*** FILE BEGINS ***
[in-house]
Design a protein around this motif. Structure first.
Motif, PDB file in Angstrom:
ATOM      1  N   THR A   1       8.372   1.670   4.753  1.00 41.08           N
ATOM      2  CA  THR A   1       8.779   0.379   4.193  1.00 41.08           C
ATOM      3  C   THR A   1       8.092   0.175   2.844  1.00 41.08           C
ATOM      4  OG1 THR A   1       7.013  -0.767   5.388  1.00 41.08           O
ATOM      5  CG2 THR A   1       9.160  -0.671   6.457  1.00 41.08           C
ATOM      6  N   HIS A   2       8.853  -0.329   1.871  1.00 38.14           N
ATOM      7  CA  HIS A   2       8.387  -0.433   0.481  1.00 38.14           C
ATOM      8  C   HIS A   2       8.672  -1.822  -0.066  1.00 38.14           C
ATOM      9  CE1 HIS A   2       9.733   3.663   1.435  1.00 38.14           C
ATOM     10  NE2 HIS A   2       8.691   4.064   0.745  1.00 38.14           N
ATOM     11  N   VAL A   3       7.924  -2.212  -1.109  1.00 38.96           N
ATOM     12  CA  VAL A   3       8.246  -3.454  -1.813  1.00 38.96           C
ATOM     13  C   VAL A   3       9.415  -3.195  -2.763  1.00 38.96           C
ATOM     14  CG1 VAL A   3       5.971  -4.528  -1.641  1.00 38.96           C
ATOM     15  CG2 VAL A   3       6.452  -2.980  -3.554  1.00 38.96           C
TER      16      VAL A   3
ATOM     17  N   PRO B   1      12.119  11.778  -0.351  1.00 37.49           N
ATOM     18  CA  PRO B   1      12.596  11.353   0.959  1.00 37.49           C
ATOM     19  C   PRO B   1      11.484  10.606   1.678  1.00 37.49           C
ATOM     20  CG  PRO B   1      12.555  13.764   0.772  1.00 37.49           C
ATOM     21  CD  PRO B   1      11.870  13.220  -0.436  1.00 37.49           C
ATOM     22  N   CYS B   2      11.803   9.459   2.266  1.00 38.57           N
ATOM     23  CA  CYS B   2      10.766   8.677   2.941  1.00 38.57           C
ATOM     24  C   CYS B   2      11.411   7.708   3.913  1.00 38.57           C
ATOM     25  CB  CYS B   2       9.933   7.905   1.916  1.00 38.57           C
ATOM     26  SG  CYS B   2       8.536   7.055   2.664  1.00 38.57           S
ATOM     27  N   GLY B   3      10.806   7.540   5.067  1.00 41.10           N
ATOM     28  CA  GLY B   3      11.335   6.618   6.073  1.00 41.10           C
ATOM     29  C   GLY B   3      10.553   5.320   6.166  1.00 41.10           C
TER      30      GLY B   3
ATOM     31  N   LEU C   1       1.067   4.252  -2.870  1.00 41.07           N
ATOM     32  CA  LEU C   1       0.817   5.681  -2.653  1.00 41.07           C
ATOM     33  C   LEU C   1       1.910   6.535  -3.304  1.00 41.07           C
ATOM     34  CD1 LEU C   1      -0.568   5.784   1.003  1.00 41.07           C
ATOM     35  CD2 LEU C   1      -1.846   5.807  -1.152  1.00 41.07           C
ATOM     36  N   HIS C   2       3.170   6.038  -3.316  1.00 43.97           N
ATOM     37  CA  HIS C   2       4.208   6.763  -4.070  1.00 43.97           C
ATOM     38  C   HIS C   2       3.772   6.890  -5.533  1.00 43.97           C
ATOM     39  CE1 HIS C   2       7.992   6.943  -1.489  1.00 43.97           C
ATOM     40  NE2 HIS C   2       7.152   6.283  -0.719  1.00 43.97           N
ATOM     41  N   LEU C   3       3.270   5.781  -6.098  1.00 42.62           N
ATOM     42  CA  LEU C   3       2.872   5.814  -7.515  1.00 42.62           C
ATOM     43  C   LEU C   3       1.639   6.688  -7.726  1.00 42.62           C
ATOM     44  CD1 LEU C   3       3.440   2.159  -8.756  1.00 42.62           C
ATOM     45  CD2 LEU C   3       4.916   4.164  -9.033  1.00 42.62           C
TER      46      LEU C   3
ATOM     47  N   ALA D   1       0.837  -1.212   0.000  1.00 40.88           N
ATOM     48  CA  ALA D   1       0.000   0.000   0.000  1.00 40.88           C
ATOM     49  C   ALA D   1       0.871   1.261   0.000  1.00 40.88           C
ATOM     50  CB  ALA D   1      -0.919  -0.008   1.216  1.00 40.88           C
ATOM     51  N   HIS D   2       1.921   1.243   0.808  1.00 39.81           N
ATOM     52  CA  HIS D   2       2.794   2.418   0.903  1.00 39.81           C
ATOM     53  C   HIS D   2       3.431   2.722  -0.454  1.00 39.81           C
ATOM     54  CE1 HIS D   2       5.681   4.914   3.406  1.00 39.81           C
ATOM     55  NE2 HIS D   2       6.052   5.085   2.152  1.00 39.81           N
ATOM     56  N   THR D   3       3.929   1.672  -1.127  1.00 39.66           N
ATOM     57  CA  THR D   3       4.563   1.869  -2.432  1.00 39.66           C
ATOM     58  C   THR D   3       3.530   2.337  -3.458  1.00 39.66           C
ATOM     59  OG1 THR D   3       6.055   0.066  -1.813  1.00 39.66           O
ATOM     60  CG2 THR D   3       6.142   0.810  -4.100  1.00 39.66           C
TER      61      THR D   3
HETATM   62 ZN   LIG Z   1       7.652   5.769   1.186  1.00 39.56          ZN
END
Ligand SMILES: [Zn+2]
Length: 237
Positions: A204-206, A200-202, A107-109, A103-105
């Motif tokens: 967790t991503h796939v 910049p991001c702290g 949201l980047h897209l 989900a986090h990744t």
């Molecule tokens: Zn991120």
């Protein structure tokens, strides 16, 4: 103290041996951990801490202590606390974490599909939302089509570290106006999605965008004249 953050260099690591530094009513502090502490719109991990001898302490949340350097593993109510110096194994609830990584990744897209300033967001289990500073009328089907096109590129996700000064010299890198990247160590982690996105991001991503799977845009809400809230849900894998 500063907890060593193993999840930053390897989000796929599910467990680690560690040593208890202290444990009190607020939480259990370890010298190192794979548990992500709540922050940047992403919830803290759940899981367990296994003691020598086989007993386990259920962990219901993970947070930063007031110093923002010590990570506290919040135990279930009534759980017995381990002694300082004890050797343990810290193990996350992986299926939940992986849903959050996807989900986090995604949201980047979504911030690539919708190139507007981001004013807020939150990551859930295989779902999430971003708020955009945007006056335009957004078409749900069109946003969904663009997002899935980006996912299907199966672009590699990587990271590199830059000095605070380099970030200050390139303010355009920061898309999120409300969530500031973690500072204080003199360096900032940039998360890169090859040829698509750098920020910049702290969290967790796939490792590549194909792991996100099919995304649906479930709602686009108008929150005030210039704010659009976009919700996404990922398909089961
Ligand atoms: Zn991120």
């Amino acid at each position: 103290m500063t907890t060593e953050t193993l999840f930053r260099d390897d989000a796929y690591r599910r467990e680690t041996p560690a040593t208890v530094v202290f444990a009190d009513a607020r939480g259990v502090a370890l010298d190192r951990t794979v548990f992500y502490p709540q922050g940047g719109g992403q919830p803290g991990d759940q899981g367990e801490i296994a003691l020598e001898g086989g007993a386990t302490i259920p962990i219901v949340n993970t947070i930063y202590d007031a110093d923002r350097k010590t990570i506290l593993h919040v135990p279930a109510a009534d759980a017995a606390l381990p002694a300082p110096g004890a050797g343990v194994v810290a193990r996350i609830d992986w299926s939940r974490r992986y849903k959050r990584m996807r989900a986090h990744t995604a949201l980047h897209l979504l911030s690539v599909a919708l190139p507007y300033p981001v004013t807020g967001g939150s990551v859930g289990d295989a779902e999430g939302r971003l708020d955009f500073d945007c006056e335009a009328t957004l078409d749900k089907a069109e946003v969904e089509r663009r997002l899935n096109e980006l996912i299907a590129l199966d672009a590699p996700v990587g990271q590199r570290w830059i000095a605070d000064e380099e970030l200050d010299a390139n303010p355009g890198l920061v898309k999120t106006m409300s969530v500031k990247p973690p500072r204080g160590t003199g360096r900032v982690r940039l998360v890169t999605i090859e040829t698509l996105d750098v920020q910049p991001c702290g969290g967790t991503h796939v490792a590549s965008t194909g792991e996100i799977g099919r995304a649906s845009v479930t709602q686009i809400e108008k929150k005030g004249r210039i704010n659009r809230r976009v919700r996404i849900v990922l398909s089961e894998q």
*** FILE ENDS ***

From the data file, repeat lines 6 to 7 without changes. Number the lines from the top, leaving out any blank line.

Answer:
ATOM      3  C   THR A   1       8.092   0.175   2.844  1.00 41.08           C
ATOM      4  OG1 THR A   1       7.013  -0.767   5.388  1.00 41.08           O